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Canada (161,660)
York University (12,802)
Psychology (3,584)
PSYC 3480 (233)
Chapter 2

Psychology of Women Chapter 2.docx

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Department
Psychology
Course
PSYC 3480
Professor
Noreen Stuckless
Semester
Winter

Description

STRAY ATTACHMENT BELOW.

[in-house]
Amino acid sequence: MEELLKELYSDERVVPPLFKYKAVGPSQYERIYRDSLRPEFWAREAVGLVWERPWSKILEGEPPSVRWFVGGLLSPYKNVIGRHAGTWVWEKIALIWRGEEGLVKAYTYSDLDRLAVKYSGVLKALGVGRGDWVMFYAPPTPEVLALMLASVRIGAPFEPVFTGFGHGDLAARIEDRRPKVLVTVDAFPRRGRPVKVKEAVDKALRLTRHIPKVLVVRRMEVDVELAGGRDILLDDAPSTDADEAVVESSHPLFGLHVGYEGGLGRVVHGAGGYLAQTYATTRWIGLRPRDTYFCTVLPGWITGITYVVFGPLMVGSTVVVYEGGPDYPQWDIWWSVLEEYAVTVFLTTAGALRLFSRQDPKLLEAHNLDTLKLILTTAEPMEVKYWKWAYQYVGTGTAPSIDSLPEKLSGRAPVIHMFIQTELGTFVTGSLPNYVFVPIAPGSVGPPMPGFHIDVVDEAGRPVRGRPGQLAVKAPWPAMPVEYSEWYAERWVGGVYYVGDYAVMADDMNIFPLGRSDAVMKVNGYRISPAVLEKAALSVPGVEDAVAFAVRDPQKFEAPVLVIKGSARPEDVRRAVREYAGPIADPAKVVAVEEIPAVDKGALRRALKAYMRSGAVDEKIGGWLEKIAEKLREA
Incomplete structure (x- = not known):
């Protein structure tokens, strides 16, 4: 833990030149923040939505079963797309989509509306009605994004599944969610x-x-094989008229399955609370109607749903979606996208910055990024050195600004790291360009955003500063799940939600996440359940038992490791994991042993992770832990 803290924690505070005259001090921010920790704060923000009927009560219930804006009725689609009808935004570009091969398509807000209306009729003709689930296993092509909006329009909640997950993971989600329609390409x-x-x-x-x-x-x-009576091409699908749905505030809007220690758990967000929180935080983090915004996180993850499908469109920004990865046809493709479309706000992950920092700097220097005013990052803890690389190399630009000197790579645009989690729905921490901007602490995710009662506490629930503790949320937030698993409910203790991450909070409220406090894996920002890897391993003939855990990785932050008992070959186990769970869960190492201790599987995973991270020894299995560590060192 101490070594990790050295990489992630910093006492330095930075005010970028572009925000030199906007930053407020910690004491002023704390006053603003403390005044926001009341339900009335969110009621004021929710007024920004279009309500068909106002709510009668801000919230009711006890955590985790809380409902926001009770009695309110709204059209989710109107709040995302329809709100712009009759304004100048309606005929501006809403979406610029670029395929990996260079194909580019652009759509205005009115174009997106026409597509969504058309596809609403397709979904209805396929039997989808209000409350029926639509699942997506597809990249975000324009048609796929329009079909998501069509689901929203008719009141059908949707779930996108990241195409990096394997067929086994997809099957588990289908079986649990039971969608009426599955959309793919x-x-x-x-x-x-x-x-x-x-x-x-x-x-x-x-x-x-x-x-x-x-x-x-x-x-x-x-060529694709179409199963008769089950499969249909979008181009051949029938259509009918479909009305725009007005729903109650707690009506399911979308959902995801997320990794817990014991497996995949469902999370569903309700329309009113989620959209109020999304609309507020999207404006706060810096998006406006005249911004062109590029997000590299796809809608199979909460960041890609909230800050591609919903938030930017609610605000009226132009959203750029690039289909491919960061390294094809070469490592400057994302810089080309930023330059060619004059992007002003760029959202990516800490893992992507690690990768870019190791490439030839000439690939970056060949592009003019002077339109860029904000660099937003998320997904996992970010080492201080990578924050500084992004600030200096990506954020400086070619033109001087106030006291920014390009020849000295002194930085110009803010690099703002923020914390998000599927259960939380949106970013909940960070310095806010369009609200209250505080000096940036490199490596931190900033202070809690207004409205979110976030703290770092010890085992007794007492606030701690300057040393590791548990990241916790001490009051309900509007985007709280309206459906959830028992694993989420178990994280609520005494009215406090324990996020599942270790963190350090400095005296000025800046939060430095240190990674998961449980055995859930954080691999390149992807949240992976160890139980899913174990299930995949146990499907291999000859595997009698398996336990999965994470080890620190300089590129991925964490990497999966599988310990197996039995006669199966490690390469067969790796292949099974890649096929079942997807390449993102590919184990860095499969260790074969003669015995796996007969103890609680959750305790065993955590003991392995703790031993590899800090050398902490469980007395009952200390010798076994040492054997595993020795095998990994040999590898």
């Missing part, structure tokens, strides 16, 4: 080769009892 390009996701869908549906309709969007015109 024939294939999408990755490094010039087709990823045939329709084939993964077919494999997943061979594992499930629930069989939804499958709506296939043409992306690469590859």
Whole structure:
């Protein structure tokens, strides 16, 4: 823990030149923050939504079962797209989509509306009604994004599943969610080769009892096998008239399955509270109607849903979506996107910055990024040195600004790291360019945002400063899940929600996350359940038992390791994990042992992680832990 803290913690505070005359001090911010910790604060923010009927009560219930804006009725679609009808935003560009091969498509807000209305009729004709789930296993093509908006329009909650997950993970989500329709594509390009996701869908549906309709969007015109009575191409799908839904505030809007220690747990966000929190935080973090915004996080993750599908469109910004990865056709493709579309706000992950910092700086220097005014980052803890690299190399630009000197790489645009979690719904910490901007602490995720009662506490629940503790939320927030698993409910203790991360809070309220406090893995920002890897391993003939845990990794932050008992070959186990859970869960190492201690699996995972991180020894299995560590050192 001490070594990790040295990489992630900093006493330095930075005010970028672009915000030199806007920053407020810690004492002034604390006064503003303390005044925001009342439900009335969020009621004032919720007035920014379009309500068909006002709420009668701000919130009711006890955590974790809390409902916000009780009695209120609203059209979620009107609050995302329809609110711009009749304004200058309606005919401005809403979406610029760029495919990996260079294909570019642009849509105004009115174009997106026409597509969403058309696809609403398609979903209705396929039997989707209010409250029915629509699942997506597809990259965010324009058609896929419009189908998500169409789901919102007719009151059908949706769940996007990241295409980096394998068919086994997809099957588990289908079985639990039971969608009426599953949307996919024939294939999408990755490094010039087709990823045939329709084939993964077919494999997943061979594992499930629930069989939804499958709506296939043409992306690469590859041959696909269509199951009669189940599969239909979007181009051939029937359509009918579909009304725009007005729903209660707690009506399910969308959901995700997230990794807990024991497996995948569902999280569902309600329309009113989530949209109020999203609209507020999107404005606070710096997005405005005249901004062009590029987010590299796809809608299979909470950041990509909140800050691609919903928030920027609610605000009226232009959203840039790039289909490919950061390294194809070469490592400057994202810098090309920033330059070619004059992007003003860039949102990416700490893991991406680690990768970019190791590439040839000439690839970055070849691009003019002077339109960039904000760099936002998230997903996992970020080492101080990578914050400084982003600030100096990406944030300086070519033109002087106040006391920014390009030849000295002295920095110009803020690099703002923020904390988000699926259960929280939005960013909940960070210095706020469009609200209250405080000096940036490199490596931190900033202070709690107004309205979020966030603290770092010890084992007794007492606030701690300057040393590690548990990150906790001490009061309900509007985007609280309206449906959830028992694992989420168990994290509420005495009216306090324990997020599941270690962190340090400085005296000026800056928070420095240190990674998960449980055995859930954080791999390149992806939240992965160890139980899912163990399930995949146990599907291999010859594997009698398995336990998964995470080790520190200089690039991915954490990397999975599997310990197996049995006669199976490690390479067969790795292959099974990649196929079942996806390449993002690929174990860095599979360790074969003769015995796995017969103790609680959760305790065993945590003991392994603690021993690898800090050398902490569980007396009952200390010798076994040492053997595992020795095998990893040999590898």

Psychology of Women Chapter 2  Background: o Stereotypes:  Are the beliefs that we associate with particular groups or ppl o Gender stereotypes:  Beliefs we associate with men and women o Prejudice:  Negative attitude or emotional reaction toward a particular group or ppl o Discrimination:  Refers to biased treatment of a particular group or ppl o Gender bias:  3 issues: gender stereotypes, gender prejudice, gender discrimination  Biased representation of women and men: o Women are often represented as being inferior to men o Gender biases in history:  Invisibility in history:  Women missing from historical events  Typically confined house  Philosophies representation of women  Depicted inferior to men  Aristotle: believed that they couldn’t develop on rational beings  Mill : women should have equal rights o Gender biases in religion  Usually god personified as he, his  Man created first  Language biases in he, man, etc... o Gender biases in media:  Stereotypes:  1. Women are relatively invisible o 15-25% on TV are women o 20% news stories o 20% sportscasters o 10-28% of columnists o 60-70% men actors o Between 65-2001 only 3 winning films focused on a woman o Rarely see women athletes on TV  2. Women are inaudible: o 5% host on radio o TV ads voice  3. Women are seldom shown working outside the home: o Show men employed women in household commercials o Finding a boyfriend and independence an issue  4. Women are shown doing housework o On TV o Capture reality  5. Women and men are represented differently: o Women in office won’t get elected without being analyzed in the press  6. Women’s bodies are used differently from men’s: o Magazines / TV rarely show fat women  7. Women of color are underrepresented and they are often shown in a particularly biased way: o Ex: blacks seldom seen in romantic relationship  8. Lower social class women are underrepresented and they are often shown in a particular biased way o TV /media primarily feature middle-class or wealthy individuals o Considered acceptable if show low-income women if they are promiscuous/dysfunctional families  The effects of stereotyped representations  Media reflect reality that women are often unseen/unheard ...  More likely to do housework  Media can influence reality by changing beliefs  Adversitment can influence gender-role attitudes  Media can influence how we judge other ppl  Content of stereotypes: o Most believe males get higher grades o Agency:  Describes a concern with your own self-interests  Self confident/competitive are usually masculine; o Communion:  Emphasizes a concern for your relationship with other ppl  Gentle/warm more feminine  Stereotypes abt women and men from different ethnic groups: o Create our own subtypes within each gender-ethnic categories  Factors influencing them: o Subject- the person which holds the stereotypes o Subject variables are sometimes important in research abt gender o Typically mean and women hold similar gender stereotypes, but men’s stereotypes are somewhat more traditional o Within each gender however there are substantial individual differences in the strength of these stereotypes o All have complex influences on ppls stereotypes o The consistency of the gender stereotypes is more prominent than any differences among groups  Implicit gender stereotypes: o Explicit:  you supply when you are aware that you are being tested  May underestimate their true stereotypes o Implicit:  You reveal when you are not aware that your gender stereotypes are being assessed  Ppl can pair words in association of underlying stereotypes quickly  Ppl will respond to gender type association quickly without hesitation  Complexity of contemporary sexism: o In contrast, present-day sexism is typically less obvious and more subtle, elusive and complex o Prejudice components:  1. Attitudes towards women’s competence  2. Towards women’s pleasantness  3. A related topic, recent scale designed to test complicated ambivalent sexism is now common  Attitudes towards competence: o 1. Men are more likely to downgrade women o 2. Ppl will rate women less favourably than men when same qualifications o 3. Evaluators downgrade women; stronger if evaluators are men of course  Women are more likely to be evaluated by experts who may be biased o 4. Bias against women may be strongest when a woman is acting in a stereotypically masculine way  Girl who was hard driving, was criticized for being too macho manlike  If they act to stereotypically womanly they’ll get criticised and v.v.  Attitudes toward women’s pleasantness: o Pleasant and nice o Compared to men women typically receive more positive ratings on these scales  Ambivalent sexism o Argue that sexism is a prejudice based on a deep ambivalence toward women rather than on a uniform dislike of women o Hostile sexism:  Blatant  Women should be subservient  Directed to non-traditional women  Female professionals and feminists o Benevolent sexism:  Subtle  Women’s special niceness and purity  Traditional women  Homemakers  Gender discrimination in interpersonal interactions:
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